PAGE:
Monday, February 21, 2011

The Things We Do For Love

This past week marked the two holidays Armenians celebrate that have some similarity to Valentine’s Day.

The first, Trndez (Candlemas), was originally connected with fire/sun worship, the coming of spring and fertility and now it is observed by the Armenian Apostolic Church as a feast of purification. It is celebrated on the night of February 13th (40 days after Armenian Christmas). The tradition for this holiday is to jump over a bonfire to either bring luck to newly married couples or give luck in love for the year. It’s believed that evil will be swept away and happiness will come to people’s homes. The ceremony is followed by traditional songs and dances around the fire. People also light candles from the fire to take them to their homes and keep them until the next Trndez holiday.

A lot of people gathered in the town square where a pile of wood and straw had been constructed. A number of priests had a ceremony around the pile and then the bishop lit it.

A group of children began the traditional dances and when the fire died down somewhat the jumping began. Some did a small jump over a corner of the fire while more adventurous souls went over the center.

Now is the time on Trndez when we dance...

Yes, that's me

A flame from the fire was brought into the church and people lit candles either from there or from the bonfire and carried them home. As it got darker over the course of the evening, you could see the candlelight leaving the square and being carried in all directions.

The second holiday celebrated is the day of Saint Sargis, the patron saint of young love. The date of the holiday is different each year, being 63 days before Easter. A tradition for this holiday is to fast all day and then to eat a piece of salty bread before going to bed. If you dream about someone giving you water, that is the person you will marry.

Other traditions of courtship, love and marriage here are also strikingly different than in the US today. Gender roles in Armenia tend to be very conservative, with very defined roles for men and women – what jobs are appropriate, what behaviors in public are appropriate (women rarely drive), and especially what each does with respect to family matters.

For example, we are told during training that it is never appropriate for an unmarried man and woman to be alone behind closed doors (when I meet with my tutor there are always other people in the room). Many times I will pass a woman I know on the street and she will not acknowledge me. I have heard stories about other Peace Corps volunteers dating Armenian women and being asked about intentions by the second date. While I have sometimes seen young couples holding hands while walking, I have never seen couples kissing in public. Men are expected to take the lead in relationships and the purity of the woman is expected to be preserved until the wedding night (the morning after the wedding night, tradition holds that the groom’s family brings the bride’s family a basket of red apples if certain evidence is noted in the bridal chamber – figure that one out for yourself). But unmarried women tend to dress in a way that could politely be described as “provocative”. But a recent news article described a poll that had been conducted to measure Armenian men’s attitudes toward how women dress and the headline mentioned that men like women who dress conservatively. But the body of the article mentioned that miniskirts and tight fitting clothing are very well favored. I’m not sure what to make of that.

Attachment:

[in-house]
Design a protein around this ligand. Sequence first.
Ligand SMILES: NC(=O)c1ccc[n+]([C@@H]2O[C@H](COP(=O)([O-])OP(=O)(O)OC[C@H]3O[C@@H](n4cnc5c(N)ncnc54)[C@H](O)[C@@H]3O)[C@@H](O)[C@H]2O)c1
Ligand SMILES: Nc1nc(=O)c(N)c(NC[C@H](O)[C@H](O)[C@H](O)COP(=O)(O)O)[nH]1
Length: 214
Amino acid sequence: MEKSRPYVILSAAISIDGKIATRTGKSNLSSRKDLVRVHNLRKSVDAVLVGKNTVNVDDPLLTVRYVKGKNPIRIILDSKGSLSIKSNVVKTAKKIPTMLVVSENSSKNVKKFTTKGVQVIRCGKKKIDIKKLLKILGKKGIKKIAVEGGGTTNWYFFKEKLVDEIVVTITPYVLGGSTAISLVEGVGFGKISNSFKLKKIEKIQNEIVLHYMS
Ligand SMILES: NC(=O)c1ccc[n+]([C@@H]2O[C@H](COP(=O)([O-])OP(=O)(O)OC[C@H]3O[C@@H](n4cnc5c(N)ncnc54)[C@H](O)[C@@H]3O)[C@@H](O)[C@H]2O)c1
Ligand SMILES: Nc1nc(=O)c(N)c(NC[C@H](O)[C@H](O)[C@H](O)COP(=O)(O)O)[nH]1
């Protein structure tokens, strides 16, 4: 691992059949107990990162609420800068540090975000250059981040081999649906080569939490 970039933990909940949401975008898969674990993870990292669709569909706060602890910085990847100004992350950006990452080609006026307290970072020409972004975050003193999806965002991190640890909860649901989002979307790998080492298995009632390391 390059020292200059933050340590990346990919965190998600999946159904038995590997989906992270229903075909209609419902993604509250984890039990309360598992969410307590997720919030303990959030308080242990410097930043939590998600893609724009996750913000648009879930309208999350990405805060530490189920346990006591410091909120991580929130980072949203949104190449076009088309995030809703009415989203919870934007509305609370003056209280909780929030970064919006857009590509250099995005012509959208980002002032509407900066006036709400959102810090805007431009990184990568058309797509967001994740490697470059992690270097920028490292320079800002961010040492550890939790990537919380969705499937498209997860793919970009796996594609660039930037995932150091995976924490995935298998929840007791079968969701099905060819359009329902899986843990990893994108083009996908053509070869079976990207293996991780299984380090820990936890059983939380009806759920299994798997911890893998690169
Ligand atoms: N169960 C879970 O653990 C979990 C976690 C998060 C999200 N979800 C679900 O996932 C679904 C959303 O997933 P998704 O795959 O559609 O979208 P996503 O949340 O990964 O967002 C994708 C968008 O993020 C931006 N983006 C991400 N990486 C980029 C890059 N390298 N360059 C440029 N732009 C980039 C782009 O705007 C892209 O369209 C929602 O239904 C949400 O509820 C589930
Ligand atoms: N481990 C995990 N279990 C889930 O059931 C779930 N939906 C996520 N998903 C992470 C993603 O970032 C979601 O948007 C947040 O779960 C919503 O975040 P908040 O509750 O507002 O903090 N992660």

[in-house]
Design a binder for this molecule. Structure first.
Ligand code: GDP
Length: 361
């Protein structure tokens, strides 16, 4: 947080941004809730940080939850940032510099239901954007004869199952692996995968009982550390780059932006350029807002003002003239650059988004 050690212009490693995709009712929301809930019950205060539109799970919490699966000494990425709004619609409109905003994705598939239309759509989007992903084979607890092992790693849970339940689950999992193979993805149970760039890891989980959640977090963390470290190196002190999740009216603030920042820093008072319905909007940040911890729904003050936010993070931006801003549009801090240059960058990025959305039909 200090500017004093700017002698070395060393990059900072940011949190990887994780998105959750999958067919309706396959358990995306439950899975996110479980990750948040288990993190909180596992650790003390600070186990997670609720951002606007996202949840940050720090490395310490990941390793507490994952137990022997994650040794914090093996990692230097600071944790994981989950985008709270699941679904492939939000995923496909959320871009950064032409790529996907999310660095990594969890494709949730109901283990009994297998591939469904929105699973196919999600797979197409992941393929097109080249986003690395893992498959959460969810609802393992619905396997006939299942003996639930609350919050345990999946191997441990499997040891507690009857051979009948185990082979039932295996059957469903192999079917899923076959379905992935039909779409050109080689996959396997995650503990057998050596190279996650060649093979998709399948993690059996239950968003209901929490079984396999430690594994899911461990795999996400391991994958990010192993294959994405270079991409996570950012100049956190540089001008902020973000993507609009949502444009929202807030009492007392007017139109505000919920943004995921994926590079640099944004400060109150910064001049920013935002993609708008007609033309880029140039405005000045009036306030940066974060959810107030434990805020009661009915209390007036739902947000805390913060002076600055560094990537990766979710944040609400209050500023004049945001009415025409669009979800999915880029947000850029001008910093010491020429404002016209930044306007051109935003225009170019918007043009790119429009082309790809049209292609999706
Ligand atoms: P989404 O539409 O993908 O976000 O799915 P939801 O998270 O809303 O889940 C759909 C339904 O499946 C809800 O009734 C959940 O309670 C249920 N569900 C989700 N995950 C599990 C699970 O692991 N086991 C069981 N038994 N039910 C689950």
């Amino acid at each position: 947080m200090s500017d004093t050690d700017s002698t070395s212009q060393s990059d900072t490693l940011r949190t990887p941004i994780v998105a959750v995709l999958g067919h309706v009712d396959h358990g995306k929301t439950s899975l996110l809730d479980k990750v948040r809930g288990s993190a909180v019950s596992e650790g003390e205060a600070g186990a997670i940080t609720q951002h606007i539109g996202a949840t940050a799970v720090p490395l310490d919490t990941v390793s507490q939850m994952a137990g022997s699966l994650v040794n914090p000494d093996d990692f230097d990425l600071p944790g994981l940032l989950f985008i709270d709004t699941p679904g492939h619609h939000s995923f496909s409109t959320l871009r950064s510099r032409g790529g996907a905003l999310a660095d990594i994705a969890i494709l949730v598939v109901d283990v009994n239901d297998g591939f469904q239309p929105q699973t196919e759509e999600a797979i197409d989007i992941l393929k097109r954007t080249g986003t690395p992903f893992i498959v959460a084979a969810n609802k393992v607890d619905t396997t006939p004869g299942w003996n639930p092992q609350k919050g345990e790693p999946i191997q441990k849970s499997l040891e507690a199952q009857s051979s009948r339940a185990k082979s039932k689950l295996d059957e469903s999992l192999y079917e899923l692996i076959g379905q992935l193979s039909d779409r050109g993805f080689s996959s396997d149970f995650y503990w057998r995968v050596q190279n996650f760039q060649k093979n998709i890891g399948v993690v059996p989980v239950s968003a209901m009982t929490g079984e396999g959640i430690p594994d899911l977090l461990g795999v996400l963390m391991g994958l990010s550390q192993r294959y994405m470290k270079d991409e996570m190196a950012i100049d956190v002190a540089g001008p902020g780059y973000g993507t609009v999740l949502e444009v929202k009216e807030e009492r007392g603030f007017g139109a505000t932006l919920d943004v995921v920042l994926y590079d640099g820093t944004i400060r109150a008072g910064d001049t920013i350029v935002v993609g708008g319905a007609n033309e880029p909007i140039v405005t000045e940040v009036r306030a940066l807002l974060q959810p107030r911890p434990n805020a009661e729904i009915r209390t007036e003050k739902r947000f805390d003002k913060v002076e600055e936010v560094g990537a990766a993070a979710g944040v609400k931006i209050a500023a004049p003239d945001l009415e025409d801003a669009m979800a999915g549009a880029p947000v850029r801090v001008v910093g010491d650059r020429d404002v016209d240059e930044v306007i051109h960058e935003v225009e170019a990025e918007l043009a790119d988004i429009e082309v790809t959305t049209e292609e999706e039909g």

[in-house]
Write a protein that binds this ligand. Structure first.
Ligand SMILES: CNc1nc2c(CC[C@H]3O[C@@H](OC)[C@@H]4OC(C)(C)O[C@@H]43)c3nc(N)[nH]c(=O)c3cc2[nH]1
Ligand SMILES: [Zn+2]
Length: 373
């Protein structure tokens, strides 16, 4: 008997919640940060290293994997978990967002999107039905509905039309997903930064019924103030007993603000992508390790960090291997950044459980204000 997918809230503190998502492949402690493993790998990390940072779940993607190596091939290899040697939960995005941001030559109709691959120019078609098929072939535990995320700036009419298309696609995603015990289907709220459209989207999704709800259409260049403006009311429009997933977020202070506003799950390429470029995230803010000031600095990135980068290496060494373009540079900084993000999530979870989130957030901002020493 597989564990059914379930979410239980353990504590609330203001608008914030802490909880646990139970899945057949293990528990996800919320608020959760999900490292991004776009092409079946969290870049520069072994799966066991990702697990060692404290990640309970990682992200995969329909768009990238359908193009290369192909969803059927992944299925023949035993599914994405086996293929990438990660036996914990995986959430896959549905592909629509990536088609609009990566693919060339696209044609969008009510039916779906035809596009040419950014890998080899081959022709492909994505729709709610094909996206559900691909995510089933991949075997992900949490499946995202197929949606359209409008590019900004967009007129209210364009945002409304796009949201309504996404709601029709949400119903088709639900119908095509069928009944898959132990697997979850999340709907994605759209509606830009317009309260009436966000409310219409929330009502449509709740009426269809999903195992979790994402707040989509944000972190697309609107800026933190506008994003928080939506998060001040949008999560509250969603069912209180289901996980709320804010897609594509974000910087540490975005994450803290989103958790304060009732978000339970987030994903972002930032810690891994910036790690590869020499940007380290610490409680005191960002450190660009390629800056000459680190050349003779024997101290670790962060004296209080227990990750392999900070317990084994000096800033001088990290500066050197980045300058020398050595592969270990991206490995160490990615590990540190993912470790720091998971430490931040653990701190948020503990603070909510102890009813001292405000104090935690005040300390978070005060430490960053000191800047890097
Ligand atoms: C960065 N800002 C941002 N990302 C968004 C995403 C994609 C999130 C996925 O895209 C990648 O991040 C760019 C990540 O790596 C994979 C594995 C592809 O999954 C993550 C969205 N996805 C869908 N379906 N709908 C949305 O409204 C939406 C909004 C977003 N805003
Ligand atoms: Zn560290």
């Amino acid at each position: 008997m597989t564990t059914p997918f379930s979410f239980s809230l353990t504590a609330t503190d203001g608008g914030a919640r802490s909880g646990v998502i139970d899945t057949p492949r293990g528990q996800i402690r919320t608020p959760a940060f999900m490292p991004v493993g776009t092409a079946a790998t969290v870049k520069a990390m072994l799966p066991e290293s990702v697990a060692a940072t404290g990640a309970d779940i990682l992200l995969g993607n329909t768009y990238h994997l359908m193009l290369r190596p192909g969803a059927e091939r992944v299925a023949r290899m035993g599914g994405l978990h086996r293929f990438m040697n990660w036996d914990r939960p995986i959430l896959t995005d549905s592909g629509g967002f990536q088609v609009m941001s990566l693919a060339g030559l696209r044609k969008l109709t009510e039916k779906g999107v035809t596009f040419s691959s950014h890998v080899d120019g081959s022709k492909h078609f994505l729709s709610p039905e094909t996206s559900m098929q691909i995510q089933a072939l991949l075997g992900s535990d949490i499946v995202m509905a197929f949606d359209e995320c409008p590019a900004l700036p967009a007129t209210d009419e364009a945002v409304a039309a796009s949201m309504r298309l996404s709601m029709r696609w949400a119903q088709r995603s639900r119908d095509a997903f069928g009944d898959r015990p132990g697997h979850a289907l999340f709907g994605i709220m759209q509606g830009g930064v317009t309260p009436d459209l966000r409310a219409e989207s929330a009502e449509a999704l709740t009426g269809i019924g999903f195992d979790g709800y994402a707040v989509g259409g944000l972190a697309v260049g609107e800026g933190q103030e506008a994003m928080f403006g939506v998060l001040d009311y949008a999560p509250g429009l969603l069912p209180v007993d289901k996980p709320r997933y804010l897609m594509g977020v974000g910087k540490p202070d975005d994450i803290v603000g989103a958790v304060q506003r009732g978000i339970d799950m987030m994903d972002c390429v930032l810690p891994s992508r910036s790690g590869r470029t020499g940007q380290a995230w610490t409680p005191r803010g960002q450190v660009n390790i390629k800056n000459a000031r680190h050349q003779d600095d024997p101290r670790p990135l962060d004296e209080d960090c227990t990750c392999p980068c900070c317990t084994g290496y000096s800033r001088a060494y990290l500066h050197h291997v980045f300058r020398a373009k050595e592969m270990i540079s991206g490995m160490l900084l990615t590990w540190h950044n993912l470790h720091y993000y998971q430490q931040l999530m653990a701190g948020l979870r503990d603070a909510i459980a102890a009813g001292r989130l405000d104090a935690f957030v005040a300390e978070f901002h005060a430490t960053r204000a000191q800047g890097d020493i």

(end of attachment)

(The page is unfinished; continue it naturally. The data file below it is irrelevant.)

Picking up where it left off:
So with these cultural norms, the stories I hear of courtship can be alarming to someone who is from the US. Since women are supposed to be demure, saying “no” to someone can be perceived as part of the ritual, interpreted as “no means yes”.

· One volunteer related a story in the village where he lived during training. A woman he knew was continually pursued by a man and she declined his advances. One day, a carful of men arrived at her house to “kidnap” her. She stayed in her house and asked that the message be relayed that she was not at home. When the volunteer did so, they suggested kidnapping him to get her attention. He avoided that and they eventually left.

· During language training, I attended a session about the toasting tradition that I wrote about previously. The woman leading the session explained that some toasts may begin with an anecdote and relayed a cheerful one that might be used at an engagement or wedding celebration. That anecdote related to a man who repeatedly went to a woman’s house professing his love. She repeatedly said no, until one day she didn’t. “This speaks to the power of true love” was the moral of the tale. Or the power of stalking, I thought.

This may also explain an incident I heard recently of two volunteers who were followed by a group of guys around a town, trying to get the women to get into their car. The pursuers did not give up until the women got into a taxi to take them home. There is no way to know if it was an attempted sexual assault or if the guys thought it was a normal way to get a woman’s attention. Needless to say, for female volunteers, the former must always be assumed making it an added level of stress that I am fortunate not to have to deal with.